1.5            The overall ESCC performance remained largely stable with very little significant movement. There were dips in performance regarding Strengths and Difficulty Questionnaires (SDQ) completion, adoption timeliness, looked after children (LAC) with 3 or more placement moves and the completion of dental checks. Each of these areas were closely analysed and an action plan developed to address the issues. There was though, good performance across the Care Leaver indicators with significant improvement in relation to education, employment and training (EET) and suitable accommodation.


1.6            Adopt South East (ASE) placed 84 children with their adoptive families during this timeframe and of these children, 19 were from East Sussex. ASE performed well and was ambitious to achieve adoption for all children with an adoption care plan in the face of high levels of complexity.


1.7            ESCC Fostering Service was able to recruit foster carers and offer placements during this period, however a number of our carers have retired  and recruitment had become increasingly challenging given the extremely competitive nature of the market, both from the independent sector and from neighbouring authorities. The recruitment of foster carers was, and remains, the highest priority for the service both in terms of children’s outcomes and the financial challenges. Keeping pace with foster carer allowances in the region is critical to a successful recruitment strategy. Embedded within the Fostering Service is the Placement Support Service which has proved critical to maintaining children’s placements in house. Foster carers highly value this service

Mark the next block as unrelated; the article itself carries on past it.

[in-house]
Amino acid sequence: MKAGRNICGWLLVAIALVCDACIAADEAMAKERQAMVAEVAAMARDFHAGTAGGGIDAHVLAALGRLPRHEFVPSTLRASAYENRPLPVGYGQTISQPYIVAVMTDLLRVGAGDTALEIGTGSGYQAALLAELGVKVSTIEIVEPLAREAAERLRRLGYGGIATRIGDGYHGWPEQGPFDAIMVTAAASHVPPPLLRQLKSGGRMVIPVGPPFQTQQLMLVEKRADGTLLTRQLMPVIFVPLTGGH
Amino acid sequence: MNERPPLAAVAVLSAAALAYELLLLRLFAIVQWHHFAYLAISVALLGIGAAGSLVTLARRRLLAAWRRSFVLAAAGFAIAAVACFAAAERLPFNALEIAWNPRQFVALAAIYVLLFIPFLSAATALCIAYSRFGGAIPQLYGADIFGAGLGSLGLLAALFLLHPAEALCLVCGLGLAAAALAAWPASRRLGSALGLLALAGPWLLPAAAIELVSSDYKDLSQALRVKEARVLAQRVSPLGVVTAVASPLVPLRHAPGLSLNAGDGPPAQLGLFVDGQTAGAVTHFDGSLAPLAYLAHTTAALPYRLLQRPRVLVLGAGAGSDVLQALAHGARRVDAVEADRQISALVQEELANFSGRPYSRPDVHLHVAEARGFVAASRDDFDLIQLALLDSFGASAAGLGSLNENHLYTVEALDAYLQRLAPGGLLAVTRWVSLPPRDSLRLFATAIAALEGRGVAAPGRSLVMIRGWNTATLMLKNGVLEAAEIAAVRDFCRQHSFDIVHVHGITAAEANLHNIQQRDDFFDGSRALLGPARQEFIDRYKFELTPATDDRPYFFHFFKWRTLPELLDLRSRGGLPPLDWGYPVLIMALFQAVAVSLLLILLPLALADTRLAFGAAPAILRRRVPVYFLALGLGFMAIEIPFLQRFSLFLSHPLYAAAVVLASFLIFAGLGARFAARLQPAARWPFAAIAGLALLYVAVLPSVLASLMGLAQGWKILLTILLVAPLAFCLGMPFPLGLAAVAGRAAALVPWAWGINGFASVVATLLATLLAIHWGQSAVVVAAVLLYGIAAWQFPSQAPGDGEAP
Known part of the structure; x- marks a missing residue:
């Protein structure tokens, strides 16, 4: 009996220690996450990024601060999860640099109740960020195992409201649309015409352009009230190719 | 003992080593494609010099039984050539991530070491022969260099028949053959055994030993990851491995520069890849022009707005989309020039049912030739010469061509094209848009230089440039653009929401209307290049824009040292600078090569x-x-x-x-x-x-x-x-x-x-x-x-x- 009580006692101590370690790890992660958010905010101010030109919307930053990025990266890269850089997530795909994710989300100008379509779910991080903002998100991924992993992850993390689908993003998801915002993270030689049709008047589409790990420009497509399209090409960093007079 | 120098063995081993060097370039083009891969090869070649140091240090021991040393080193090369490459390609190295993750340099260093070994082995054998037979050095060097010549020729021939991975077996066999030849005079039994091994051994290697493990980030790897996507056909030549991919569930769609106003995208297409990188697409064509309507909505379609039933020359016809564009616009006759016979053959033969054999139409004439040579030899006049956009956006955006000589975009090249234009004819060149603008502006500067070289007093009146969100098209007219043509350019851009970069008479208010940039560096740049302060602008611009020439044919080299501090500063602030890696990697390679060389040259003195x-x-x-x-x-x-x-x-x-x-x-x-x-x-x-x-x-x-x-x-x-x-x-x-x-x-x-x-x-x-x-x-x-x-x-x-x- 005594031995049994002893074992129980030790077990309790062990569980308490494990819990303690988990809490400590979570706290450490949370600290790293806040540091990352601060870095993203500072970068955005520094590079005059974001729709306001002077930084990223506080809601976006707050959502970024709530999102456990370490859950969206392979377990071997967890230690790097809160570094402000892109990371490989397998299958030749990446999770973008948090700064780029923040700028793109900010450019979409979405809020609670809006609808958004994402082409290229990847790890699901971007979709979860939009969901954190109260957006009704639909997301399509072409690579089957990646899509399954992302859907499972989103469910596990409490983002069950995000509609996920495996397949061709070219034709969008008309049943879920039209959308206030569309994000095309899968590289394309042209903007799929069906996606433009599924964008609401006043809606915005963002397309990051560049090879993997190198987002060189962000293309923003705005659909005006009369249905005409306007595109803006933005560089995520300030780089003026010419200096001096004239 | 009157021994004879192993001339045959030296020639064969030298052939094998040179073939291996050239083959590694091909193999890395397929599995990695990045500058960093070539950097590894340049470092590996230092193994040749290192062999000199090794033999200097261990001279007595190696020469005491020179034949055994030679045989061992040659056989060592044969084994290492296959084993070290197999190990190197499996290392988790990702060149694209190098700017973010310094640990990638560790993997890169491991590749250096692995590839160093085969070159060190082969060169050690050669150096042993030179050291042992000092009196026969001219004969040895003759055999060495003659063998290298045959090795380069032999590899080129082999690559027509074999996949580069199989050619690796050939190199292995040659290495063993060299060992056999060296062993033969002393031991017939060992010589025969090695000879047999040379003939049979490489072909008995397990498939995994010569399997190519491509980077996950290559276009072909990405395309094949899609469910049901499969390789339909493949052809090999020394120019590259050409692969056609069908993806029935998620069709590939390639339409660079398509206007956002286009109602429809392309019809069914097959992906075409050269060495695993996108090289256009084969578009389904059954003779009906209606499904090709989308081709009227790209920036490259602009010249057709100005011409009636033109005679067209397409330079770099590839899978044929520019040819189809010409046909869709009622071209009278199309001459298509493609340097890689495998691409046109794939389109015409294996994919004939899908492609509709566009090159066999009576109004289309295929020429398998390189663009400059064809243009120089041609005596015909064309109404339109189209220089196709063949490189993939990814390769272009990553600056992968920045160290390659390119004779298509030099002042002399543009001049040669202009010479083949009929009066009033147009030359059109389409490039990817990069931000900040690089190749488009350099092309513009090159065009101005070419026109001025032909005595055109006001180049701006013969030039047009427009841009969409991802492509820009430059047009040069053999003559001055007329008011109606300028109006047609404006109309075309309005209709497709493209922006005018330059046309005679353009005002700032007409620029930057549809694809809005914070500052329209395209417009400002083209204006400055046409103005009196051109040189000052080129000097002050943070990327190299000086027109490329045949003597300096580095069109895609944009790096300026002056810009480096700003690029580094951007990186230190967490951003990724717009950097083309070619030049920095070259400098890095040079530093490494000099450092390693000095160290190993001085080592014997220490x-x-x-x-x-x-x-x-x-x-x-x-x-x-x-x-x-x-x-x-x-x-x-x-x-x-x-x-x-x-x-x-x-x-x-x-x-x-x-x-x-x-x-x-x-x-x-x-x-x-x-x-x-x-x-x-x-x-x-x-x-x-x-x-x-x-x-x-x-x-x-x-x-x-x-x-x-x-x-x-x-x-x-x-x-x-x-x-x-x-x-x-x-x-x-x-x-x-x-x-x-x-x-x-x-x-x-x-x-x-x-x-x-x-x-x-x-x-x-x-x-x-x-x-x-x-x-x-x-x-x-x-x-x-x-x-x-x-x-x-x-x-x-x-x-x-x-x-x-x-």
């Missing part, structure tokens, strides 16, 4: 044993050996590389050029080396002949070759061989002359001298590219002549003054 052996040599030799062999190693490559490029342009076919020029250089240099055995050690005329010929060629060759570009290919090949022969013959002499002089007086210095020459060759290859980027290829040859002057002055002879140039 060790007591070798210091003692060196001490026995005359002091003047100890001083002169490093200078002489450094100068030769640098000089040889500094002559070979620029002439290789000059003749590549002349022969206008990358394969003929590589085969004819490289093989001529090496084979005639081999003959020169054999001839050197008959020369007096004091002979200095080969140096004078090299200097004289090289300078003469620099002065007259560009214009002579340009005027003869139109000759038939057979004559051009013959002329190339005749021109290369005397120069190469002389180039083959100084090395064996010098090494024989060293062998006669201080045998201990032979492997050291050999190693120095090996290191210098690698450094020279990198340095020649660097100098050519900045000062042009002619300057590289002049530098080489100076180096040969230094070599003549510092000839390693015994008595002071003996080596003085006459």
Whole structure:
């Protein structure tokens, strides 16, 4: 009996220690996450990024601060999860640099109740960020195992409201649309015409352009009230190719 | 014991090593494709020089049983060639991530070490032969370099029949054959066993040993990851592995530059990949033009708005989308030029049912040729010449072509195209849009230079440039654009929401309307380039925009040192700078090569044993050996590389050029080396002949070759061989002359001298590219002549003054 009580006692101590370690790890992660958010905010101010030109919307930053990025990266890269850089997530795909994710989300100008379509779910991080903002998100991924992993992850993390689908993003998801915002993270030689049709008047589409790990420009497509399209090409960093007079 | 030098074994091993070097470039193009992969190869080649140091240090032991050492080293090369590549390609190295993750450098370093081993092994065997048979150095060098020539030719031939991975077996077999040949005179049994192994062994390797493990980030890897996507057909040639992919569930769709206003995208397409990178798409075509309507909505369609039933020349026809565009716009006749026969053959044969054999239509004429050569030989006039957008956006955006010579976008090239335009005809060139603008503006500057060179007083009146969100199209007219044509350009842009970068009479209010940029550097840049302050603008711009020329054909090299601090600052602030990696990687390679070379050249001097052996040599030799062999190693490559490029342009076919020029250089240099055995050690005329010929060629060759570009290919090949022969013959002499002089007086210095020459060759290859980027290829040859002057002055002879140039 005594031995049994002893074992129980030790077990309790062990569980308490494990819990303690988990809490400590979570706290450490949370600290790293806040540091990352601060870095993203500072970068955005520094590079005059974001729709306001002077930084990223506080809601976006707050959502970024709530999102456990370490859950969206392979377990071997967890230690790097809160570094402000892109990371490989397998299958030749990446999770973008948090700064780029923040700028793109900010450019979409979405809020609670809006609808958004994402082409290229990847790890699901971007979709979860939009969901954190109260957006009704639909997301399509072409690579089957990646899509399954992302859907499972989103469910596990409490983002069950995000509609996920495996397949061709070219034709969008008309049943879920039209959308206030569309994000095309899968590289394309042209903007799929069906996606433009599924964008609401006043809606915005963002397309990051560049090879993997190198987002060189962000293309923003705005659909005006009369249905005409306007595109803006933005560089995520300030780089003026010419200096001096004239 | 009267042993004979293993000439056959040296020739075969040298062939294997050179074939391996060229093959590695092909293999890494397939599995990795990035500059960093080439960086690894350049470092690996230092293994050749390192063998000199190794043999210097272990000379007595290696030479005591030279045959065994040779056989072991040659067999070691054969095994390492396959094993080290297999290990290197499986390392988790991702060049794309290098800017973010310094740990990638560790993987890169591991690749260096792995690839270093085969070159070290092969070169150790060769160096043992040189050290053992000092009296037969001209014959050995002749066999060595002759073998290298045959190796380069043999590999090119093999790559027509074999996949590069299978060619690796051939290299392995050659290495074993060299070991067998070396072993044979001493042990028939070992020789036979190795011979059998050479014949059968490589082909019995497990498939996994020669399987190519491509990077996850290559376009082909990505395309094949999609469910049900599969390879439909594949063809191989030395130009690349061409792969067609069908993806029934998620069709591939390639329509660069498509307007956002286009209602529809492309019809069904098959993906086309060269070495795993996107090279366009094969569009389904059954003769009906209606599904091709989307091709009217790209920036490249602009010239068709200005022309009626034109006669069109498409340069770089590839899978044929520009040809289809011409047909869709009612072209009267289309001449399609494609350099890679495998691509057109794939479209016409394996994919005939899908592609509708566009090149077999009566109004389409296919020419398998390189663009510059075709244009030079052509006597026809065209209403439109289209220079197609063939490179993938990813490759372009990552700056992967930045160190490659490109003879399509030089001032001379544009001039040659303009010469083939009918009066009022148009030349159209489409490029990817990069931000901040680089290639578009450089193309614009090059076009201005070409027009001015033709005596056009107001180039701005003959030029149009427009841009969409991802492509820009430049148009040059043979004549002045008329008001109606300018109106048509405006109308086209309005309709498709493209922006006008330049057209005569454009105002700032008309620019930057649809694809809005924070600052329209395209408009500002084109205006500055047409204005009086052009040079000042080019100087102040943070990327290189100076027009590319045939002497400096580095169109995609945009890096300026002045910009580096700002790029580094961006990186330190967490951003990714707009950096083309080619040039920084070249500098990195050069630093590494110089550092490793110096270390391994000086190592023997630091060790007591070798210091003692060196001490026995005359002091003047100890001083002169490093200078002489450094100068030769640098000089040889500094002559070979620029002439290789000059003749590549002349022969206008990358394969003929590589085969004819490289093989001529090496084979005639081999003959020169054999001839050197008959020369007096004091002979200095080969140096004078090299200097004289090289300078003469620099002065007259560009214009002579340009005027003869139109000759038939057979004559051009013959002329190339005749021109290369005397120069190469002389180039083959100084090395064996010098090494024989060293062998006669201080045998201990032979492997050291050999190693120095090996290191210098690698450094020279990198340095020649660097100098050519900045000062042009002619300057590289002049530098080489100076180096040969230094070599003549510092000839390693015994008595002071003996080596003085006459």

‘Amazing service, I don’t think we would have coped

without it at times’.


1.8            The Children in Care Council (CiCC) and Care Leaver Council (CLC) were very active during this time representing children and young people’s views both locally and nationally including a one to one session with the then Education Secretary, Nadhim Zahawi.


1.9            The ESCC children’s homes delivered high quality care to our LAC with the majority being judged as good or outstanding by Ofsted. Children with disability homes though, had a particularly difficult year caring for some of our most challenging disabled children.


1.10          The physical and mental health of our LAC was closely scrutinised by the Children and Young People’s Health Oversight Board and the Strategic Operational Health Group. LAC and Care Leavers were identified as a group who should be included in the NHS Core Plus 5 cohort to ensure their health needs were prioritised across all services. The LAC Annual Report identified a gradual improvement in the timeliness of the completion of initial health assessments (IHA) and the review health assessments (RHA).